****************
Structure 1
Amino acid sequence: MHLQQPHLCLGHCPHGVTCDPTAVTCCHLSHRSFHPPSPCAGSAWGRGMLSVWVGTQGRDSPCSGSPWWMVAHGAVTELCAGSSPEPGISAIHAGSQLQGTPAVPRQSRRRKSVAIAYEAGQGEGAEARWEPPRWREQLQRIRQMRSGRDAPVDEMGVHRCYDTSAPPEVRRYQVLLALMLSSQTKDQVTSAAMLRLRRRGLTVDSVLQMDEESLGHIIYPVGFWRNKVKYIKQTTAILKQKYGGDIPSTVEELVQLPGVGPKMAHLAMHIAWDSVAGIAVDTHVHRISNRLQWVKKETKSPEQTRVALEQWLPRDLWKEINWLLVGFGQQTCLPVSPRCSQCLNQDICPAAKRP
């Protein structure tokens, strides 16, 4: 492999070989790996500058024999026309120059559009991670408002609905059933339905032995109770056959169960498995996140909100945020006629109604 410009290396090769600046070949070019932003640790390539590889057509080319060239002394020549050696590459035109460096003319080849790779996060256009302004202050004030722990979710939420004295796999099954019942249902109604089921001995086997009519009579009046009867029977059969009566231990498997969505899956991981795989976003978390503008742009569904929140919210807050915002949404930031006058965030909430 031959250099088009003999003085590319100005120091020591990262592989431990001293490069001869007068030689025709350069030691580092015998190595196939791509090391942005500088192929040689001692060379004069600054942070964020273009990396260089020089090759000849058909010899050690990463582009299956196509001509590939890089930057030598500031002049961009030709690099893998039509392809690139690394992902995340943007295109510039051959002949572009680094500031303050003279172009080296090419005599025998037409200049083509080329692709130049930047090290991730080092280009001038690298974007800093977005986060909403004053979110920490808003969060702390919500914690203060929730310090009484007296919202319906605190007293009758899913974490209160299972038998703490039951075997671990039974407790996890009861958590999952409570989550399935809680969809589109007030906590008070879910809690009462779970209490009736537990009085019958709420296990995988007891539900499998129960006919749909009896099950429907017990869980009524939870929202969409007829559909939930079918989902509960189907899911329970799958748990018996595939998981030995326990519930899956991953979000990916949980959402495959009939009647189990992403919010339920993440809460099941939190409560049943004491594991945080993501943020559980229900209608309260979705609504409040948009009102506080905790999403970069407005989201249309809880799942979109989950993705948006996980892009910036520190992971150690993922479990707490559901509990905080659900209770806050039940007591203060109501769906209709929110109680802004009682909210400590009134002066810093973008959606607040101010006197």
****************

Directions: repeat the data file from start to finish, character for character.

Structure 1
Amino acid sequence: MHLQQPHLCLGHCPHGVTCDPTAVTCCHLSHRSFHPPSPCAGSAWGRGMLSVWVGTQGRDSPCSGSPWWMVAHGAVTELCAGSSPEPGISAIHAGSQLQGTPAVPRQSRRRKSVAIAYEAGQGEGAEARWEPPRWREQLQRIRQMRSGRDAPVDEMGVHRCYDTSAPPEVRRYQVLLALMLSSQTKDQVTSAAMLRLRRRGLTVDSVLQMDEESLGHIIYPVGFWRNKVKYIKQTTAILKQKYGGDIPSTVEELVQLPGVGPKMAHLAMHIAWDSVAGIAVDTHVHRISNRLQWVKKETKSPEQTRVALEQWLPRDLWKEINWLLVGFGQQTCLPVSPRCSQCLNQDICPAAKRP
């Protein structure tokens, strides 16, 4: 492999070989790996500058024999026309120059559009991670408002609905059933339905032995109770056959169960498995996140909100945020006629109604 410009290396090769600046070949070019932003640790390539590889057509080319060239002394020549050696590459035109460096003319080849790779996060256009302004202050004030722990979710939420004295796999099954019942249902109604089921001995086997009519009579009046009867029977059969009566231990498997969505899956991981795989976003978390503008742009569904929140919210807050915002949404930031006058965030909430 031959250099088009003999003085590319100005120091020591990262592989431990001293490069001869007068030689025709350069030691580092015998190595196939791509090391942005500088192929040689001692060379004069600054942070964020273009990396260089020089090759000849058909010899050690990463582009299956196509001509590939890089930057030598500031002049961009030709690099893998039509392809690139690394992902995340943007295109510039051959002949572009680094500031303050003279172009080296090419005599025998037409200049083509080329692709130049930047090290991730080092280009001038690298974007800093977005986060909403004053979110920490808003969060702390919500914690203060929730310090009484007296919202319906605190007293009758899913974490209160299972038998703490039951075997671990039974407790996890009861958590999952409570989550399935809680969809589109007030906590008070879910809690009462779970209490009736537990009085019958709420296990995988007891539900499998129960006919749909009896099950429907017990869980009524939870929202969409007829559909939930079918989902509960189907899911329970799958748990018996595939998981030995326990519930899956991953979000990916949980959402495959009939009647189990992403919010339920993440809460099941939190409560049943004491594991945080993501943020559980229900209608309260979705609504409040948009009102506080905790999403970069407005989201249309809880799942979109989950993705948006996980892009910036520190992971150690993922479990707490559901509990905080659900209770806050039940007591203060109501769906209709929110109680802004009682909210400590009134002066810093973008959606607040101010006197």